Long live the Cargo Cult Caldera, I said. In the end, it lasted about a year. It was just too weird: the top tube was too long, the angles too steep, the tyres too wide. I got tired of the eccentric handling and the constant thrum from the wheels.
Then there was the Peugeot, whose siren call of nostalgia was rapidly wearing off. It went to the big bike shop in the sky early in 2021.
Lastly, to the Kaffenback. It took over dad bike duty, but riding a fundamentally charmless bike on a daily basis was not doing it any favours. That, and my son had graduated to his own bike. Off came the Hamax bracket and with it any lingering need for the Kaff to hang around.
Finally, there was room in the shed (and in my heart) for another bike. This is that bike:
I don’t need to tell you, but this is, of course, a 1990 Muddy Fox Trailblazer Aluminum. It’s hard to figure out what Muddy Fox had in mind when they designed this: the catalogue sells it as a road bike for MTBers, which mostly comes off as a way to avoid saying “cyclocross” out loud. If I had to split hairs, it’s maybe a little more relaxed than a proper CX bike, which only makes it better for longer rides. It’s almost as if they saw the gravel wave coming.
I landed on the Trailblazer almost by accident. My cycling mindset had been almost entirely colonised by the Radavist-Ronnie Romance-Crust axis, so I scoured eBay for steel frames with level top tubes and cantilever bosses. Really, I wanted a Surly Cross-Check – or maybe even an elusive Pack Rat – but I was too cheap to pay for one.
But then, as if by magic, I found the Trailblazer. It looked perfect: about 900 Polish zloty, or £170, for an alloy frame and Tange fork with wishbone stays, canti mounts, sparkly paint, and shouty decals. It couldn’t have been more zeitgeisty if it tried. Can you say “Alumalith”? It was even better in the metal – sturdy and light with only a few paint chips, and a brace of bike shop stickers showing it had travelled at least as far as Switzerland and back.
I built it up with the Shimergo drivetrain from the Kona, took the ancient FSA bars from my neglected Kaffenback, and added a pair of Mavic A719s on Shimano hubs.1 The brakes were Frogglegs that had been gathering dust in my parts bin. There were a few quirks, but nothing insurmountable. For one, the bottom bracket was 68mm wide but my road cranks fouled the chainstays. I used the Kona’s Deore cranks instead. The seat tube was an odd diameter but it came with a shim to bring it down to 27.2mm. And lastly, it had a threaded fork which needed an oversized quill stem – 25.4mm rather than the usual 22.2. I found a Tange headset to fit and used a BBB adapter to run a conventional stem.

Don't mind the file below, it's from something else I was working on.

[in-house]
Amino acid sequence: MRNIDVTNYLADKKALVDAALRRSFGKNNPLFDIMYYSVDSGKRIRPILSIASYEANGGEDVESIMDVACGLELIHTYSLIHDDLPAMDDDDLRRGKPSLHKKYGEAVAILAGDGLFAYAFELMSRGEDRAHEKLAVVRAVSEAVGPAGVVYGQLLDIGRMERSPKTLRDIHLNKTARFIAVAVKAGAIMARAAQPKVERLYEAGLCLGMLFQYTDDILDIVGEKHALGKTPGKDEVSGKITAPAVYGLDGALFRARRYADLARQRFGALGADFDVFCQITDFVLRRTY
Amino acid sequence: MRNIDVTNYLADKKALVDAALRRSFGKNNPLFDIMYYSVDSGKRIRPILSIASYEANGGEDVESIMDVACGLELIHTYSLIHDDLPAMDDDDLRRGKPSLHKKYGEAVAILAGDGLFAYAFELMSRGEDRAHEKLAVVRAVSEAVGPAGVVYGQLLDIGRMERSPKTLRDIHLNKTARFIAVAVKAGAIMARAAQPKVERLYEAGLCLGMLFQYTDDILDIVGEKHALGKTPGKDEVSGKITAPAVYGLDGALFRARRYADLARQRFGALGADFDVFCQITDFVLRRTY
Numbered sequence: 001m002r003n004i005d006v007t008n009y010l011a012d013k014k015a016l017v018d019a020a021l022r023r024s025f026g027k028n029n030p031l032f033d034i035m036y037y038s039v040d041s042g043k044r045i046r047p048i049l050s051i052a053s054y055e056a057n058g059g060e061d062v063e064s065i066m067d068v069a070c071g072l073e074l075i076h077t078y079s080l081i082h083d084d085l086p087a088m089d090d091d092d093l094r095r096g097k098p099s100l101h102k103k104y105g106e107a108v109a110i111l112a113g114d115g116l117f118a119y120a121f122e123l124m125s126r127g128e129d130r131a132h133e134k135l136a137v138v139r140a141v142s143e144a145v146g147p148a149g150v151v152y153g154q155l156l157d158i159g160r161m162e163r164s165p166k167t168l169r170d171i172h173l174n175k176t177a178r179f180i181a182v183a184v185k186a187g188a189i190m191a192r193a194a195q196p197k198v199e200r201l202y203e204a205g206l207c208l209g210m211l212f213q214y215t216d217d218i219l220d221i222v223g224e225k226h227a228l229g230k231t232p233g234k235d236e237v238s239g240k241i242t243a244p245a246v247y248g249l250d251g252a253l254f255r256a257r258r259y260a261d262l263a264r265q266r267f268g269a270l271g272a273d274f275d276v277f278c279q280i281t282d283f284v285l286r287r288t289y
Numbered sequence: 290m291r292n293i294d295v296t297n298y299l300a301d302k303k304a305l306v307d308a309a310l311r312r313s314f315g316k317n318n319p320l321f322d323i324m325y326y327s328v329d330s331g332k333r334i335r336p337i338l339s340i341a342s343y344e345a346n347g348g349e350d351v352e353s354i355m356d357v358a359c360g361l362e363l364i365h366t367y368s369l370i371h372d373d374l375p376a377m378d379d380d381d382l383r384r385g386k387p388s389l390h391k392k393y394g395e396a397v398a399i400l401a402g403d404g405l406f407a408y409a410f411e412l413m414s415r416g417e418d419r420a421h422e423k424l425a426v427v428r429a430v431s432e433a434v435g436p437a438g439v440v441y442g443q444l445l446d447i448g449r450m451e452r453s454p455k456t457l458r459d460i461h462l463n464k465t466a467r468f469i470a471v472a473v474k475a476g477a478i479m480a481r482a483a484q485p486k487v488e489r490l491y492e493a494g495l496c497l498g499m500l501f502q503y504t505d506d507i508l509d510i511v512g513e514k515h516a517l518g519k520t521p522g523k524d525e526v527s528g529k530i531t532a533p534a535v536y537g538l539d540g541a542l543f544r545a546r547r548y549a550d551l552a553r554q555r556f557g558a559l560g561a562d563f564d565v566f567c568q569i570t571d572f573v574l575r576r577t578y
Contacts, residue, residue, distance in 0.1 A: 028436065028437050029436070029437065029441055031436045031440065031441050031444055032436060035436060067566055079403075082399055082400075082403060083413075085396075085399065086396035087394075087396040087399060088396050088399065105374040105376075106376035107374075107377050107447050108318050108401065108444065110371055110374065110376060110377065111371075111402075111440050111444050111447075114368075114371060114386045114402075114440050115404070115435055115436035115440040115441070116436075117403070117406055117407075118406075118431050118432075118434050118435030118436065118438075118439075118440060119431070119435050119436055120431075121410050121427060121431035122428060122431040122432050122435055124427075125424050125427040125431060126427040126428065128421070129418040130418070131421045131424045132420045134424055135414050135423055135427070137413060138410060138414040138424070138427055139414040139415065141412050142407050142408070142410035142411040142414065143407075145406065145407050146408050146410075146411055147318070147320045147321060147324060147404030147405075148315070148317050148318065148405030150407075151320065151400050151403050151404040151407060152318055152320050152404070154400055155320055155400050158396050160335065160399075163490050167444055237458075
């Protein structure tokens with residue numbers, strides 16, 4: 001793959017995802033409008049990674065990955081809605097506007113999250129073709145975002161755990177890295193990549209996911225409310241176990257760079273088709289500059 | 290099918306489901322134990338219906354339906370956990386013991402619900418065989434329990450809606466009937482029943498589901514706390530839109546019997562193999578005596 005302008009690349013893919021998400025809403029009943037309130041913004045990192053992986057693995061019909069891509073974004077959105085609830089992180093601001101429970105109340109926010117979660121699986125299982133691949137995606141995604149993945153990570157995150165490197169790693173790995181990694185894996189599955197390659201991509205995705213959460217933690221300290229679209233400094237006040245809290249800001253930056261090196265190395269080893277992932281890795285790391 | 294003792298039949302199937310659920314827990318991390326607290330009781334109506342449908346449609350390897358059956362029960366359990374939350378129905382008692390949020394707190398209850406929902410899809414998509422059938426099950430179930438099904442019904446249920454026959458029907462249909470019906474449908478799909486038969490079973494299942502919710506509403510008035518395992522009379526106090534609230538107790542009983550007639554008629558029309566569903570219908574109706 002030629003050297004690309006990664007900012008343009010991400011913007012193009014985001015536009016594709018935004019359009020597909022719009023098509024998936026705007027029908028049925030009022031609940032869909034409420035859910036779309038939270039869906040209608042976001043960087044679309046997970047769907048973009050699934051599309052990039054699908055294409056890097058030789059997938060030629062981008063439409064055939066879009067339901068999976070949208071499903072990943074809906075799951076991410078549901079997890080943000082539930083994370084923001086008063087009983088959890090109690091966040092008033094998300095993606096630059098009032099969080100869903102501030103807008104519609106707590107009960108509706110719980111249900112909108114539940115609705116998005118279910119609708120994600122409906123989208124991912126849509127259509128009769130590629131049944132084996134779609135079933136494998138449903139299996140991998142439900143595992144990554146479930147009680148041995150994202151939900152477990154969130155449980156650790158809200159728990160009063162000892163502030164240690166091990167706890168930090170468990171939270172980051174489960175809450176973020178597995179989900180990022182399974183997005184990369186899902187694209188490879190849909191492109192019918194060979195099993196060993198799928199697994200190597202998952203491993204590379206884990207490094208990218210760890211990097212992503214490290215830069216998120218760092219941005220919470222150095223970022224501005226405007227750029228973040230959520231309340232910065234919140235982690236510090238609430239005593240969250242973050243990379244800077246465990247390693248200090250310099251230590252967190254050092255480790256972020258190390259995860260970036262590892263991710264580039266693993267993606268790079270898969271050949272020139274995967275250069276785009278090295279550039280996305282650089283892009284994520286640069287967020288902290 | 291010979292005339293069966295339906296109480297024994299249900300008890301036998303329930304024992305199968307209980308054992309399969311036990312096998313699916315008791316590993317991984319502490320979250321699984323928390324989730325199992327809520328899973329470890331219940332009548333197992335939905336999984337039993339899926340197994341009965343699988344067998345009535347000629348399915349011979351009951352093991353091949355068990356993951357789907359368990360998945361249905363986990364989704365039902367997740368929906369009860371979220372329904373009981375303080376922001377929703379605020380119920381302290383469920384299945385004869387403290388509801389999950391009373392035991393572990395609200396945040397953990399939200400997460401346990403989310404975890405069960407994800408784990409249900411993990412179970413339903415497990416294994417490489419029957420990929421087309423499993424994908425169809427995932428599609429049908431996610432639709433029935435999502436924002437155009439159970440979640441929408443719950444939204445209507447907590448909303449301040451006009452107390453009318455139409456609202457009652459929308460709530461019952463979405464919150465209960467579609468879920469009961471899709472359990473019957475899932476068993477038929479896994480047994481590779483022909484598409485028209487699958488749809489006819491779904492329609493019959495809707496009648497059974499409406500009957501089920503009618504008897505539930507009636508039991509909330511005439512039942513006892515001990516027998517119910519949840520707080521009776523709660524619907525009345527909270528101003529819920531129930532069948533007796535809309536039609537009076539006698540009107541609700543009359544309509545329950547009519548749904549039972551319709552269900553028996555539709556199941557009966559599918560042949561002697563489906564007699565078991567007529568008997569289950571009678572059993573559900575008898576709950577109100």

The only real problems came with the tyres, and that’s hardly the bike’s fault. The 32mm Cléments I had on the Kaff were too narrow and the 47mm G-One Speeds on the Kona too wide, so I went for tubeless-ready 38mm Gravel Kings. (The fork would have run out of room at 43mm.) And, well, they were nightmares. I’d never tried a tubeless setup before, so I stuck with tubes. Punctures were weekly events. By the time I caved and tried to go tubeless, the tyres were so hopelessly pincushioned that the sealant bubbled right out of them. I tried sticking some sealant in the inner tubes to stop the punctures, but the folly of that approach became apparent during a night ride with two punctures, one broken valve stem, and a frame covered in a fine mist of milky white sealant. I finally swapped the slicks for semi-slicks and punctures are now much less frequent.2
And that is that: with the tyre situation sorted out, this has morphed into one of the first bikes I’ve built that I struggle to find fault with. It’s quick on the road or the towpath, and it’s comfortable enough that I did my first metric century on it. It can’t carry much, but that’s fine; I have another bike for that. It would look rubbish with mudguards, so I don’t ride it in the rain. This one is a keeper.
|Frame and fork||1990 Muddy Fox Trailblazer|
|Hubs||Shimano Deore T610|
|Rims||Mavic A719||700c, 32 hole|
|Tyres||Panaracer Gravel King Semi Slick TLC||700×38|
|Crankset||Shimano Deore M617||38/24|
|Rear derailleur||SRAM Apex||10 speed, mid cage|
|Cassette||Shimano Deore HG50||10 speed, 11-36|
|Bars||FSA something or other||42cm|
|Stem||Zenith Classic Road Ahead Stem||70mm|
|Headset||Tange Seiki||For 25.4mm / 1″ steerer|
|Quill stem adapter||BBB Extender Steering Tube Adapter||For 25.4mm / 1″ steerer and 28.6mm / 1⅛″ stem clamp|
bicyclerollingresistance.com agrees, finding that the semi-slicks have more tread than either the slicks or the “small knob” variant, and that rolling resistance is pretty much the same for all of them. ↩︎